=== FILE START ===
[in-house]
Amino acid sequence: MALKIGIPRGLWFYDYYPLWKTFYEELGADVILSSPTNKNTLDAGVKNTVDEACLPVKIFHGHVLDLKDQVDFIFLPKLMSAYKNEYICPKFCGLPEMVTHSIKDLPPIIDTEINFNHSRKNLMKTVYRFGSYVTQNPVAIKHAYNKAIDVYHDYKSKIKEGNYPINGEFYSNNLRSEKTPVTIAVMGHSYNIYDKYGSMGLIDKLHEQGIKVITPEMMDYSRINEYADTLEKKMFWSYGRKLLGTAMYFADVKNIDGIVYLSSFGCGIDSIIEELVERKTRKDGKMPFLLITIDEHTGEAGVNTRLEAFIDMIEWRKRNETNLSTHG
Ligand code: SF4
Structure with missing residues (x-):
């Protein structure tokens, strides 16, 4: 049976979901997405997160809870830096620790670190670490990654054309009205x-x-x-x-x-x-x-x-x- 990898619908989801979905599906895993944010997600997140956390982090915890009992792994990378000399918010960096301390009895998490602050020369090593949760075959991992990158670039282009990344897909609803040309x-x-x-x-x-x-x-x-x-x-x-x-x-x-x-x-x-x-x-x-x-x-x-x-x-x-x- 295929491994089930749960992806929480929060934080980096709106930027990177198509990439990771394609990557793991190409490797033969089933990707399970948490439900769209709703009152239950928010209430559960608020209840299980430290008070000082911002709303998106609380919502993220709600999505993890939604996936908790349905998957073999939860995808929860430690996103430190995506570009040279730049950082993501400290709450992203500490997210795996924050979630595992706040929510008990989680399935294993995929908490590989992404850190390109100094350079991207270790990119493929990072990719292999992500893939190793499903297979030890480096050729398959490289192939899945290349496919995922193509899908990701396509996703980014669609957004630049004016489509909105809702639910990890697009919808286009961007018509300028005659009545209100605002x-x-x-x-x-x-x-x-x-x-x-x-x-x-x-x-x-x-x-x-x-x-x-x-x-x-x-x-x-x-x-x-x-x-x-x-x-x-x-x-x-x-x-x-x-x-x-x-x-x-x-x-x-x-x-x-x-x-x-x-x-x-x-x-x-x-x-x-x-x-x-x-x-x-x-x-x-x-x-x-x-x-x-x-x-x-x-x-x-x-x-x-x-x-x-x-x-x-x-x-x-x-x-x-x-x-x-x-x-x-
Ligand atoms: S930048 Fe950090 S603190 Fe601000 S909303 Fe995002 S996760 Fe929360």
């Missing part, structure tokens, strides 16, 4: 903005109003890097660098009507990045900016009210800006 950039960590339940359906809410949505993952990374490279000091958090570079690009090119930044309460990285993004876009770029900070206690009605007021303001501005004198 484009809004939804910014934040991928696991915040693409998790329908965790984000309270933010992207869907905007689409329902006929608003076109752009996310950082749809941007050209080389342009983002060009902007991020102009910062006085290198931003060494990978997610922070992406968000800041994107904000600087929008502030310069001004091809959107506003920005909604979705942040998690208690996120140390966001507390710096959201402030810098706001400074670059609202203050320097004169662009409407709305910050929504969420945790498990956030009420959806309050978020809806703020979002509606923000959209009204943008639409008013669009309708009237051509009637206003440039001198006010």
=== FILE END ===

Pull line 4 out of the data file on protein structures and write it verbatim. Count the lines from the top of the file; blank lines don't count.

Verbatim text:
Structure with missing residues (x-):